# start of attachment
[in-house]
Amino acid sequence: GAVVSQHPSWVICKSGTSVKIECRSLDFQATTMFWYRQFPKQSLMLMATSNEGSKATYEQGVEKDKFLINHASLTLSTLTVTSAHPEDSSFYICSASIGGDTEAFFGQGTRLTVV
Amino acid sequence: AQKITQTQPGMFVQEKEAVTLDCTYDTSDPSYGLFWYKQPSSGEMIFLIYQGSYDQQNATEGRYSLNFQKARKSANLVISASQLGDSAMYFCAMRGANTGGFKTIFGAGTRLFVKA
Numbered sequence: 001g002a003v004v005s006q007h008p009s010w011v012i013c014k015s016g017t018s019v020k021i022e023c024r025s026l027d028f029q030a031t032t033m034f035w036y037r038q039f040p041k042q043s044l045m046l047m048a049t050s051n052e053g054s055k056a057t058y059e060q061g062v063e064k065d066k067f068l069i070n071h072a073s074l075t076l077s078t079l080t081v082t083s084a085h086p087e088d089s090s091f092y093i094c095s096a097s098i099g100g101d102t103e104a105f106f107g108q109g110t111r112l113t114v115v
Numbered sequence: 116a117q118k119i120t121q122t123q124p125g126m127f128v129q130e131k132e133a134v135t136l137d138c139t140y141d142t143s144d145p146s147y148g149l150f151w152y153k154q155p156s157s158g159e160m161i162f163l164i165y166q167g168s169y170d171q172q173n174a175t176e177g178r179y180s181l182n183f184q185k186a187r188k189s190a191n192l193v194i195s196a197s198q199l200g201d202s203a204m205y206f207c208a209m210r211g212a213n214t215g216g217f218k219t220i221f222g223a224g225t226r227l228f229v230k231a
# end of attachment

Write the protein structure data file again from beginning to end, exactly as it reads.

[in-house]
Amino acid sequence: GAVVSQHPSWVICKSGTSVKIECRSLDFQATTMFWYRQFPKQSLMLMATSNEGSKATYEQGVEKDKFLINHASLTLSTLTVTSAHPEDSSFYICSASIGGDTEAFFGQGTRLTVV
Amino acid sequence: AQKITQTQPGMFVQEKEAVTLDCTYDTSDPSYGLFWYKQPSSGEMIFLIYQGSYDQQNATEGRYSLNFQKARKSANLVISASQLGDSAMYFCAMRGANTGGFKTIFGAGTRLFVKA
Numbered sequence: 001g002a003v004v005s006q007h008p009s010w011v012i013c014k015s016g017t018s019v020k021i022e023c024r025s026l027d028f029q030a031t032t033m034f035w036y037r038q039f040p041k042q043s044l045m046l047m048a049t050s051n052e053g054s055k056a057t058y059e060q061g062v063e064k065d066k067f068l069i070n071h072a073s074l075t076l077s078t079l080t081v082t083s084a085h086p087e088d089s090s091f092y093i094c095s096a097s098i099g100g101d102t103e104a105f106f107g108q109g110t111r112l113t114v115v
Numbered sequence: 116a117q118k119i120t121q122t123q124p125g126m127f128v129q130e131k132e133a134v135t136l137d138c139t140y141d142t143s144d145p146s147y148g149l150f151w152y153k154q155p156s157s158g159e160m161i162f163l164i165y166q167g168s169y170d171q172q173n174a175t176e177g178r179y180s181l182n183f184q185k186a187r188k189s190a191n192l193v194i195s196a197s198q199l200g201d202s203a204m205y206f207c208a209m210r211g212a213n214t215g216g217f218k219t220i221f222g223a224g225t226r227l228f229v230k231a